One-China policy

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The One-China policy (simplified Chinese: 一个中国; traditional Chinese: 一個中國 政策 ; pinyin: yī gè Zhōngguó) refers to the policy or view that there is only one state called "China", despite the existence of two governments that claim to be "China". As codified in the 1992 Consensus, the One-China policy has been the held by both the People's Republic of China (PRC) and the Republic of China (ROC, known also as "Taiwan"); they agree that there is only one sovereign state encompassing both mainland China and Taiwan, but disagree about which of the two is legitimate.

As a policy, this means that countries seeking diplomatic relations with the PRC must break official relations with the ROC, and vice versa. Hence, all the countries recognizing the ROC recognize it as the sole legitimate representative of all of China, and not just the island of Taiwan and other islands which it controls.[1] Similarly, all states that recognise the PRC either recognise the PRC as the legitimate representative of Taiwan or acknowledge the PRC's views on the matter—the latter is the position adopted by the United States, which prefers to leave that question ambiguous.[2] The One China policy is also different from the One China principle (一中原則), which is the PRC's position that Taiwan is an inalienable part of China.[3]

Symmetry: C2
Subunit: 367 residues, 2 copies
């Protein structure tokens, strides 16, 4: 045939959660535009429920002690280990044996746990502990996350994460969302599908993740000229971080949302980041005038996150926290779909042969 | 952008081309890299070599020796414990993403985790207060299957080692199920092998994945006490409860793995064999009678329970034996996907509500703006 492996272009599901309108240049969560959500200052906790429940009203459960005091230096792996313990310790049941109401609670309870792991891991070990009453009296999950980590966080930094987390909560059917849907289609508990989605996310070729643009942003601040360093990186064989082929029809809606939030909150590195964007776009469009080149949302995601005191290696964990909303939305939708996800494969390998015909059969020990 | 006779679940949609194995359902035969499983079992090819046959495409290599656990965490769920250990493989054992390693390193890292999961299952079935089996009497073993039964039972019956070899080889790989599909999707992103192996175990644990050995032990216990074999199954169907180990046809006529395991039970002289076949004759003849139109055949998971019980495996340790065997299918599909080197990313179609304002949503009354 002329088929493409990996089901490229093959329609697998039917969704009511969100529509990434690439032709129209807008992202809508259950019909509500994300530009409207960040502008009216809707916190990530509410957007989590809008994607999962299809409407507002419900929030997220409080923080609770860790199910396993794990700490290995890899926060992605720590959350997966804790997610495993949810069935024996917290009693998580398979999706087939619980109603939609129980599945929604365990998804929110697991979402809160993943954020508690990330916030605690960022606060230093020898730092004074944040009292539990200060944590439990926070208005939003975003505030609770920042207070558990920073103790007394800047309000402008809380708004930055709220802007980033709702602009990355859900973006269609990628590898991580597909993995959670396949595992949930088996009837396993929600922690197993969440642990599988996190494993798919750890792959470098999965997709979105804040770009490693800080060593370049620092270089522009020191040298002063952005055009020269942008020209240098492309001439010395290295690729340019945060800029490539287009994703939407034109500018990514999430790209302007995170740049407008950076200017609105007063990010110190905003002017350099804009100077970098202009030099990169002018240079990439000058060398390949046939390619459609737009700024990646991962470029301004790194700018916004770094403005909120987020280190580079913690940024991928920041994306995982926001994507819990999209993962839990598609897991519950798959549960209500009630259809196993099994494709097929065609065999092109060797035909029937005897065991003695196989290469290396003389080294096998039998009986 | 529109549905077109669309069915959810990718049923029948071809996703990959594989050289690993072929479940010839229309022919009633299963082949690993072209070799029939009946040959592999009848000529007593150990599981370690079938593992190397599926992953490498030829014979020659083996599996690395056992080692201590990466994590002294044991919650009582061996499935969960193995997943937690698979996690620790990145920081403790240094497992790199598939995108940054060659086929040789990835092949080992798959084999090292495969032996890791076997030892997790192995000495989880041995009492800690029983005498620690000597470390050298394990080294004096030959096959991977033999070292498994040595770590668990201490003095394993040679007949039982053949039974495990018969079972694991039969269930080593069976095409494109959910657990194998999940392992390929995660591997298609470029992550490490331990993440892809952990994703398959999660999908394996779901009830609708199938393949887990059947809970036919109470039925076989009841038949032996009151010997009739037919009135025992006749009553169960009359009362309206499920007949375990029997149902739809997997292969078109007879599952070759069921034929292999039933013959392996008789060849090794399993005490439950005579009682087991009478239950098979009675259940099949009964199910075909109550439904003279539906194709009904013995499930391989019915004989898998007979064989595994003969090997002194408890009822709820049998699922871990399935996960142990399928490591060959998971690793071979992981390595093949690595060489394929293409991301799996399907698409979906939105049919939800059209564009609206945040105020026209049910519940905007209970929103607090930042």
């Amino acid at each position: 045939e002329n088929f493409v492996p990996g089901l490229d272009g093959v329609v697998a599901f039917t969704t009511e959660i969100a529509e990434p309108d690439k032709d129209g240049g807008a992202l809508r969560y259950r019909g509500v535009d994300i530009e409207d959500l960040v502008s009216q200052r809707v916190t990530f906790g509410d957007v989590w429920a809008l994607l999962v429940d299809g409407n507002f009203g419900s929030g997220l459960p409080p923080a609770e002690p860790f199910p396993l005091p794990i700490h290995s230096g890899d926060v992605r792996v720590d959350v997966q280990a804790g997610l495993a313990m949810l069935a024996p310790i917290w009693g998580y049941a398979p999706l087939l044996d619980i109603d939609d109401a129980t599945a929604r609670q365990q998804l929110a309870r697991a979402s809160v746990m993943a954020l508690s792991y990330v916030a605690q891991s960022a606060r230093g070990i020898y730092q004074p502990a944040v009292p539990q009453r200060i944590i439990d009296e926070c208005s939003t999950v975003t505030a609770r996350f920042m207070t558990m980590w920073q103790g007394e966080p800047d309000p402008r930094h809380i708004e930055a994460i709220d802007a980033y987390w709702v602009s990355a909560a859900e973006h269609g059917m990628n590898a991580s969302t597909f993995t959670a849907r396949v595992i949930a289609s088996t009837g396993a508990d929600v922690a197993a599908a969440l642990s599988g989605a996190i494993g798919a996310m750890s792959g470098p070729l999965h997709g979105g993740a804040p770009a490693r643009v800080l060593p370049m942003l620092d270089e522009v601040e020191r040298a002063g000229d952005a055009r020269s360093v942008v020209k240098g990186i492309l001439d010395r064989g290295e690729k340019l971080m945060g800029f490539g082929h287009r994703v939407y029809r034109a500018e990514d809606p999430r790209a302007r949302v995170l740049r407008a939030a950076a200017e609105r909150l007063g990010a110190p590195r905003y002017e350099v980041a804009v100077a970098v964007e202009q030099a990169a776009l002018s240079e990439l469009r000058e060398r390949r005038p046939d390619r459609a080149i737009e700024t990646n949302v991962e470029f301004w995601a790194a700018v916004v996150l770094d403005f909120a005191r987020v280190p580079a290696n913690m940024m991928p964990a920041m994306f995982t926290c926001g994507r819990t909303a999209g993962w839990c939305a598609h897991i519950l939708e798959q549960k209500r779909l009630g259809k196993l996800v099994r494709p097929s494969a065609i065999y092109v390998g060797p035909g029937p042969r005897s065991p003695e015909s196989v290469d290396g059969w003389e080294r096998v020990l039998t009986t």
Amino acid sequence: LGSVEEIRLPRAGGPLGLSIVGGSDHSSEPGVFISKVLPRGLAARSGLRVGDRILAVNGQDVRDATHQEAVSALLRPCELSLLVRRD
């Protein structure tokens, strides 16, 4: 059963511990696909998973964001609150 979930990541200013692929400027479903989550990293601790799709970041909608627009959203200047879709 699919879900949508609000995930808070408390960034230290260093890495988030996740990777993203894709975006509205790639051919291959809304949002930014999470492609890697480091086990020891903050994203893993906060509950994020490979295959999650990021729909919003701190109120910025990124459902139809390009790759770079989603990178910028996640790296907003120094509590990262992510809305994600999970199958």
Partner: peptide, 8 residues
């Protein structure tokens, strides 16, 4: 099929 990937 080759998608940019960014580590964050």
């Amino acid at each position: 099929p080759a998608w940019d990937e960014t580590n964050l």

The One-China principle faces opposition from the movement for Taiwan independence, which pushes to cultivate a separate identity from China; a movement called Taiwanization. Taiwanization's influence on the government of the ROC has caused instability: after the Communist Party of China expelled the ROC in the Chinese Civil War from most of Chinese territory in 1949 and founded the PRC, the ROC's Chinese Nationalist government, which still held Taiwan, continued to claim legitimacy as the government of all of China. Under former President Lee Teng-hui, the ROC constitution was amended so that it applied effectively only to the Taiwan Area in 1991.[4] However, current Nationalist ROC President Ma Ying-jeou has re-asserted claims on the PRC's territories as recently as October 8, 2008.[5]


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